Minnesota Wild, Central: The Wild have a veteran forward crew that is capable of solid play. Zach Parise, however, appears to be a shell of his once-dominant self. They have some good young defense depth, and will go as far as goalie Devyn Dubnyk will take them. He is solid if unspectacular. The Wild have the talent to make the playoffs, but hard to see them making much of an impact.

Detroit Red Wings, Atlantic: Since an amazing streak of making the playoffs every year for more than two decades, the Wings have been stuck between trying to augment aging veterans with young players without a full-on rebuild. They have young forward talent that should be fun to watch, but remain a mess on the back end and goaltending is average at best. Probably still a year and a couple defensemen away from being a playoff contender again.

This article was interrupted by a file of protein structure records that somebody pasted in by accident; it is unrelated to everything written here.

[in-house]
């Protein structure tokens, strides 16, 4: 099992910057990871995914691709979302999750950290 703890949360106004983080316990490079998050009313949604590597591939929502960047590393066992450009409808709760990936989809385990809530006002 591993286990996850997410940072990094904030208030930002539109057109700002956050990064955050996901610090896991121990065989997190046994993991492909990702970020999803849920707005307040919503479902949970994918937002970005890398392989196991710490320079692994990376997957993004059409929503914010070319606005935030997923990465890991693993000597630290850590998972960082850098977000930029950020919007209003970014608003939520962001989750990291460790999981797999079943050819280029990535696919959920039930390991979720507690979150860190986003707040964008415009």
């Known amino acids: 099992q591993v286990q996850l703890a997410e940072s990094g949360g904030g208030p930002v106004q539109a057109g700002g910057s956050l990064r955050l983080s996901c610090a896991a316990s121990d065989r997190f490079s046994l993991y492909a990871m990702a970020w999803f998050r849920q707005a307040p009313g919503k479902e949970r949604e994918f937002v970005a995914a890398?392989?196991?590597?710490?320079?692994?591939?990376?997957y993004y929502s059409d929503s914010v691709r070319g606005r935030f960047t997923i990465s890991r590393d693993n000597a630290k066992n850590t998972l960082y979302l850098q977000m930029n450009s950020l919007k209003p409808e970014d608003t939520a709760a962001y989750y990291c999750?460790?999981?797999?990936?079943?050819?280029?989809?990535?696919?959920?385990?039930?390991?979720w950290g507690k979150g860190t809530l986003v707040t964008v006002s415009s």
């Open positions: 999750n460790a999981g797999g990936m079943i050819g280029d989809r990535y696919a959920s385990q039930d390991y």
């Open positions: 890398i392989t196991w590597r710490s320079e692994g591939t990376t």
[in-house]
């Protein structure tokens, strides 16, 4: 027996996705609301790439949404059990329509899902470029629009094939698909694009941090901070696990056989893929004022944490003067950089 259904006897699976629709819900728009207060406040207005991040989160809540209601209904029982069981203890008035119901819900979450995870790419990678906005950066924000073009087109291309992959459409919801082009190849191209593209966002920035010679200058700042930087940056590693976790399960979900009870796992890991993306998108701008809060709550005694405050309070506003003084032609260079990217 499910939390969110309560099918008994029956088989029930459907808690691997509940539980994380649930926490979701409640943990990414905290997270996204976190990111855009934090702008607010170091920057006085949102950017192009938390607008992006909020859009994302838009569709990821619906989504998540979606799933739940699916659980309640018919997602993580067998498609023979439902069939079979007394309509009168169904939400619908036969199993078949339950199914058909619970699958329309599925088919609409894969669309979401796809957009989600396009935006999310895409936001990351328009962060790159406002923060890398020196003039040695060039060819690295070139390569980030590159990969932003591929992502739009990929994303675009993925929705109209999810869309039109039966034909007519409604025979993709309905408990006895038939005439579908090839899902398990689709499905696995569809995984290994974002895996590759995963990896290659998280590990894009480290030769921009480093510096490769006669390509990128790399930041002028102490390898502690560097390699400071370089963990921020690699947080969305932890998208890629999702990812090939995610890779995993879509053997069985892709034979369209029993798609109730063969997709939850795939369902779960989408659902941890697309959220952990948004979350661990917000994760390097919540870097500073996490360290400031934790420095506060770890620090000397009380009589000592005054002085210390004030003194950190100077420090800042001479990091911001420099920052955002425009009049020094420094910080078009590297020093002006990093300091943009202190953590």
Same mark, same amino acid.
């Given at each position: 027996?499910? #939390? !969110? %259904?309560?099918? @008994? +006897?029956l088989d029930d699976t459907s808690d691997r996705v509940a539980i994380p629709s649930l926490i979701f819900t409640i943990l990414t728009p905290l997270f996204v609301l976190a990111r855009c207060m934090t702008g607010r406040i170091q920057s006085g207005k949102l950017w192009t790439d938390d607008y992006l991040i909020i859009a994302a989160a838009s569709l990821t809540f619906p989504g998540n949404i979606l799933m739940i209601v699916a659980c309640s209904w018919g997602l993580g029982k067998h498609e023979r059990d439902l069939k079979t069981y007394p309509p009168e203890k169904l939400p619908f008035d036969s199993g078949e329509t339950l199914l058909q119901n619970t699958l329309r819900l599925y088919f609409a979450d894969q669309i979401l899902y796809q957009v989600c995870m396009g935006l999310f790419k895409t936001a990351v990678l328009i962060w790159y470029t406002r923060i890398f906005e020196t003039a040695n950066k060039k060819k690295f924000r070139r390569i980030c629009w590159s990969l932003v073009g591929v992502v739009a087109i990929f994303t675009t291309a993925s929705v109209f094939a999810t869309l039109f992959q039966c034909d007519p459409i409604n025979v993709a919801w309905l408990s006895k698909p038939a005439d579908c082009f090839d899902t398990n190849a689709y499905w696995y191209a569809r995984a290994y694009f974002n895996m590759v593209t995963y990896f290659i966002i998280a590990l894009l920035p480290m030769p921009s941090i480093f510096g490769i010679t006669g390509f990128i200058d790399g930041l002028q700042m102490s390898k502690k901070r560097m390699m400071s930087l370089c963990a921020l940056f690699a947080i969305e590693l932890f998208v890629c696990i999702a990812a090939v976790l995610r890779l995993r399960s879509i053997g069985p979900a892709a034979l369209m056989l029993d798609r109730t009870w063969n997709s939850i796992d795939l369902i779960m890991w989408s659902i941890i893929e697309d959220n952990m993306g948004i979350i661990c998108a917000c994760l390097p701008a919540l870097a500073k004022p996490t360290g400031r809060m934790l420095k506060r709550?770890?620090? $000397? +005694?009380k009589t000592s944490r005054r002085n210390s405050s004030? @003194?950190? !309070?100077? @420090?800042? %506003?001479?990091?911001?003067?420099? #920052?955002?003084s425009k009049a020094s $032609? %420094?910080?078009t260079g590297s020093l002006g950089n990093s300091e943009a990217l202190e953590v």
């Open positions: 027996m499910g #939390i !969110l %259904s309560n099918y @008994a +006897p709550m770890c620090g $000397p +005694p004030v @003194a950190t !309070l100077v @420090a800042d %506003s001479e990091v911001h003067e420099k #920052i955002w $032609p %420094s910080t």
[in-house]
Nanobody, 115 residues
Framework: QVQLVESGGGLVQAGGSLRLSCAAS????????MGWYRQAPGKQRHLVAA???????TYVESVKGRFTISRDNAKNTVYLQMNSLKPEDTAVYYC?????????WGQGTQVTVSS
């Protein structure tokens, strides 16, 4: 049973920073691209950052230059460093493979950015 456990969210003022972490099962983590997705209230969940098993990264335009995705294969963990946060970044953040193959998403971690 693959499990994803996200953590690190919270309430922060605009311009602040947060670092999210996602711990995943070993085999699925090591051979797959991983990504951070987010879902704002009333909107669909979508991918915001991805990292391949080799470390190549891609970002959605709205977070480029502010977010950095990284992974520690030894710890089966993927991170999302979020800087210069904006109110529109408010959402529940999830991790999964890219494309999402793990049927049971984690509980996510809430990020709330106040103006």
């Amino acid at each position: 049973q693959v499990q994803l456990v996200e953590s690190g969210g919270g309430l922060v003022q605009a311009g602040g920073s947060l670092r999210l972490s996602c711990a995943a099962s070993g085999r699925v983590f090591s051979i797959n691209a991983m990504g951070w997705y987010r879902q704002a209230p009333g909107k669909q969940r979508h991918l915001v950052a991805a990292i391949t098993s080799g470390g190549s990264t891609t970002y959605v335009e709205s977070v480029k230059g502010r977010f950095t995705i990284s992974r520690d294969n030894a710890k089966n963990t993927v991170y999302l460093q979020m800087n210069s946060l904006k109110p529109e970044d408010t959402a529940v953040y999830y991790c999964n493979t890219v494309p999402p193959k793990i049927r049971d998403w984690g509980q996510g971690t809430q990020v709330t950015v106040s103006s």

New York Rangers, Metro: The Rangers began a full rebuild by dealing away many top players at the deadline last season. But they should still have enough on the back end and have an elite goaltender in Henrik Lundqvist, who will have to carry the day. They are working in several new young forwards, and if a couple can develop, this team might be better than expected.

New Jersey Devils, Metro: The Devils made the playoffs last year almost singlehandedly guided by Taylor Hall. The forward group after him is pretty pedestrian, but they have several players who could take a big step, including former No. 1 pick Nico Hishier. They got strong goaltending last season from Cory Schneider and Keith Kinkaid when Schneider was injured, and will need that again. If they get it and the youngsters develop, they should be in the playoff mix again.


Ottawa Senators, Atlantic: Sadly, they won't actually be in the hunt, since Colorado has their pick. They were one goal away from the Stanley Cup in 2016-17, but have imploded since. They traded two of their best players in the off-season including franchise bell cow Erik Karlsson. Not much in the way of forward talent, defense talent and inconsistent goaltending.